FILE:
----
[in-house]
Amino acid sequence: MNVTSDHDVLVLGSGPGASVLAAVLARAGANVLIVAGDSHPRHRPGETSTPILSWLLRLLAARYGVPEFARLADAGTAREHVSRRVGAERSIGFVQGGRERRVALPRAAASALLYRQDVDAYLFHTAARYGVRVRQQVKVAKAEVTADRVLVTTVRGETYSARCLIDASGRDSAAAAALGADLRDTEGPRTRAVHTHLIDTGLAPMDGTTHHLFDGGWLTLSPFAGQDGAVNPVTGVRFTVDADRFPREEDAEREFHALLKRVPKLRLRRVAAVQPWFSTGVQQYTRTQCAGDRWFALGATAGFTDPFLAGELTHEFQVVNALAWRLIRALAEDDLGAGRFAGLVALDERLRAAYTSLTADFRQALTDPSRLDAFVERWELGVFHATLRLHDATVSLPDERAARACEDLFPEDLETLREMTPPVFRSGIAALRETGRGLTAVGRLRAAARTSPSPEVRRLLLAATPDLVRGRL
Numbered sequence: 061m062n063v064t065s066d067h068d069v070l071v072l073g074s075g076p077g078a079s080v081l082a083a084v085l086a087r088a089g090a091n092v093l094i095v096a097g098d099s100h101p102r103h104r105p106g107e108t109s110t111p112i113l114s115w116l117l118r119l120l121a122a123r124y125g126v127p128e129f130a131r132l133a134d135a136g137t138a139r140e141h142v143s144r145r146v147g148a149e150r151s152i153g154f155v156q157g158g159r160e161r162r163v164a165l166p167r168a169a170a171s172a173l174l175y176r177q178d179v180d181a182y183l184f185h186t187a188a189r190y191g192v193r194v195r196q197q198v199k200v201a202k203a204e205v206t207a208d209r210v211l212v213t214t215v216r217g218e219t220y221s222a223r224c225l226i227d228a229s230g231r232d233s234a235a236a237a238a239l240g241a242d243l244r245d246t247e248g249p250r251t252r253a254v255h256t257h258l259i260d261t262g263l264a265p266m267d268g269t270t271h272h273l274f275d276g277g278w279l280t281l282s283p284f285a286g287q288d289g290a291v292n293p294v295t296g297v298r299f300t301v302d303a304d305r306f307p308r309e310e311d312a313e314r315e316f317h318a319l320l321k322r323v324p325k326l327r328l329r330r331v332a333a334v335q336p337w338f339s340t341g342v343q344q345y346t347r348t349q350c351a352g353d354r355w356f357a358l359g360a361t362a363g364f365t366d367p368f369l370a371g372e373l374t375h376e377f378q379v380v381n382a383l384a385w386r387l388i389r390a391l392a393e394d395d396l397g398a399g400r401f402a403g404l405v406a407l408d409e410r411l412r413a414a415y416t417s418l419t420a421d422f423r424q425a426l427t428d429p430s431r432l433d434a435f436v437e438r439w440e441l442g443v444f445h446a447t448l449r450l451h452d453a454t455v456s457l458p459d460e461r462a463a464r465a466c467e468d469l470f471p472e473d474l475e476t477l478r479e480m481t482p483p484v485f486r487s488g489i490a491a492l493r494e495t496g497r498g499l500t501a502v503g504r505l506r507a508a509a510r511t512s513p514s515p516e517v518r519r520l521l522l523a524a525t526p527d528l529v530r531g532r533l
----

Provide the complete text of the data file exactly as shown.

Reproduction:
[in-house]
Amino acid sequence: MNVTSDHDVLVLGSGPGASVLAAVLARAGANVLIVAGDSHPRHRPGETSTPILSWLLRLLAARYGVPEFARLADAGTAREHVSRRVGAERSIGFVQGGRERRVALPRAAASALLYRQDVDAYLFHTAARYGVRVRQQVKVAKAEVTADRVLVTTVRGETYSARCLIDASGRDSAAAAALGADLRDTEGPRTRAVHTHLIDTGLAPMDGTTHHLFDGGWLTLSPFAGQDGAVNPVTGVRFTVDADRFPREEDAEREFHALLKRVPKLRLRRVAAVQPWFSTGVQQYTRTQCAGDRWFALGATAGFTDPFLAGELTHEFQVVNALAWRLIRALAEDDLGAGRFAGLVALDERLRAAYTSLTADFRQALTDPSRLDAFVERWELGVFHATLRLHDATVSLPDERAARACEDLFPEDLETLREMTPPVFRSGIAALRETGRGLTAVGRLRAAARTSPSPEVRRLLLAATPDLVRGRL
Numbered sequence: 061m062n063v064t065s066d067h068d069v070l071v072l073g074s075g076p077g078a079s080v081l082a083a084v085l086a087r088a089g090a091n092v093l094i095v096a097g098d099s100h101p102r103h104r105p106g107e108t109s110t111p112i113l114s115w116l117l118r119l120l121a122a123r124y125g126v127p128e129f130a131r132l133a134d135a136g137t138a139r140e141h142v143s144r145r146v147g148a149e150r151s152i153g154f155v156q157g158g159r160e161r162r163v164a165l166p167r168a169a170a171s172a173l174l175y176r177q178d179v180d181a182y183l184f185h186t187a188a189r190y191g192v193r194v195r196q197q198v199k200v201a202k203a204e205v206t207a208d209r210v211l212v213t214t215v216r217g218e219t220y221s222a223r224c225l226i227d228a229s230g231r232d233s234a235a236a237a238a239l240g241a242d243l244r245d246t247e248g249p250r251t252r253a254v255h256t257h258l259i260d261t262g263l264a265p266m267d268g269t270t271h272h273l274f275d276g277g278w279l280t281l282s283p284f285a286g287q288d289g290a291v292n293p294v295t296g297v298r299f300t301v302d303a304d305r306f307p308r309e310e311d312a313e314r315e316f317h318a319l320l321k322r323v324p325k326l327r328l329r330r331v332a333a334v335q336p337w338f339s340t341g342v343q344q345y346t347r348t349q350c351a352g353d354r355w356f357a358l359g360a361t362a363g364f365t366d367p368f369l370a371g372e373l374t375h376e377f378q379v380v381n382a383l384a385w386r387l388i389r390a391l392a393e394d395d396l397g398a399g400r401f402a403g404l405v406a407l408d409e410r411l412r413a414a415y416t417s418l419t420a421d422f423r424q425a426l427t428d429p430s431r432l433d434a435f436v437e438r439w440e441l442g443v444f445h446a447t448l449r450l451h452d453a454t455v456s457l458p459d460e461r462a463a464r465a466c467e468d469l470f471p472e473d474l475e476t477l478r479e480m481t482p483p484v485f486r487s488g489i490a491a492l493r494e495t496g497r498g499l500t501a502v503g504r505l506r507a508a509a510r511t512s513p514s515p516e517v518r519r520l521l522l523a524a525t526p527d528l529v530r531g532r533l